And he said, well, why don’t you send the new one? Why don’t you send SOS? You know, it might be your last chance and they’re all laughing. And of course, both captain Smith and Jack Phillips perished, and then only Harold bride survived. So they sent CQ D and then SOS alternately. Now we look at CQ D and SOS and kind of the Morris code was still being defined by international law.

There was Marconis. Rules, but there also was international rules. Can you talk a little bit about the distinction? Yes. The international rules are something called the international telecommunications union, the ITU, and it was formed in the 1860s. And if you think of met, you might say. 1860s. There wasn’t any radio then what, what did the ITU regulate?

What it regulated was a code, a Morse code or international code being used in Europe because you think Europe is about 40 different countries, all speaking different languages and the railways of course traveled between the countries. So they needed to come up with a standard standard protocols and standard abbreviations.

For that. And when radio came along, they came up with a a set that, that fit radio. But you’re quite right that Marconi had its own procedures through all of this. And there’s all sorts of things that, and especially Jack Phillips, he was, he was still pretty young guy. He was only 25, but in fact, he’d been operating for 10 years.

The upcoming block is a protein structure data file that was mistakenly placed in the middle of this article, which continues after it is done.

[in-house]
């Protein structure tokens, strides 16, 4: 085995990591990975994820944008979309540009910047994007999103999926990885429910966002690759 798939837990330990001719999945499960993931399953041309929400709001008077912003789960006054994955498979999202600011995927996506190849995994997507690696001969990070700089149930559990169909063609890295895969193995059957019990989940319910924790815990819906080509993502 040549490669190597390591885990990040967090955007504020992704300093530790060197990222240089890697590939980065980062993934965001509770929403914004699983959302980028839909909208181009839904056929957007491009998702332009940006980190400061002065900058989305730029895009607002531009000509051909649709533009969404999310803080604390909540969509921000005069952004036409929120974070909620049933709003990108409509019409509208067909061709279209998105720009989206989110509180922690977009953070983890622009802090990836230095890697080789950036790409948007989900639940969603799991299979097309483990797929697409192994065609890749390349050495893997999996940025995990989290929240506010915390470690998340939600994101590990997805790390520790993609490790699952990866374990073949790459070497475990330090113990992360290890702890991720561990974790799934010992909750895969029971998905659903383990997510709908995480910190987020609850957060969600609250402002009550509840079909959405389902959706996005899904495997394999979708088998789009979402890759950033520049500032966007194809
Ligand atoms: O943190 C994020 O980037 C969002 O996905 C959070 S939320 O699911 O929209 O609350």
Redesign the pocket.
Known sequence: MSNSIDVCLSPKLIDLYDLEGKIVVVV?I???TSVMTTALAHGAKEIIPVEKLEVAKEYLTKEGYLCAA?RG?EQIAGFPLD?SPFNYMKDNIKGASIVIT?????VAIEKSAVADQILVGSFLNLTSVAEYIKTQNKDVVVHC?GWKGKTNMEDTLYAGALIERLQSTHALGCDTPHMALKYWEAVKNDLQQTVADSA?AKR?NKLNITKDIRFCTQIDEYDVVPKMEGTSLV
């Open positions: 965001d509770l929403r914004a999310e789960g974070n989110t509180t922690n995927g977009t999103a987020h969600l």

He started when he was 15. So he, he, he knew the system very well. Actually the first part there really wasn’t any radio on ships to operate. So he worked for the, on the railway. So he worked for the British post office from the time he was 15 till he was about 19 or 20, I forget. And anyway, and then he started on, on, on ships.

So he was quite experienced. And there was a lot of little things about the operating procedure that gave problems. There was for instance At one point very close. There was a ship only 11 miles away, the California and its its operator tried to get hold of the Titanic. And so he, he prefaced this message with som.

And J and it said that the ocean is filled with ice. W the California has come to rest because it’s too dangerous to proceed. Well Phillips had been up for about 36 hours. He was up all night repairing the, the effect of wire and he’d been. Doing messages all a previous day. And this was late at night on the 14th, and he’d been running messages like mad for the passengers.

You know, make sure until he takes her pills and so forth back to, to Britain or forward to North America. And so he was exhausted and. The, the protocols that they had were, for instance, if it said MSG first letters to come, that would be a message for the captain. This must go to the captain immediately.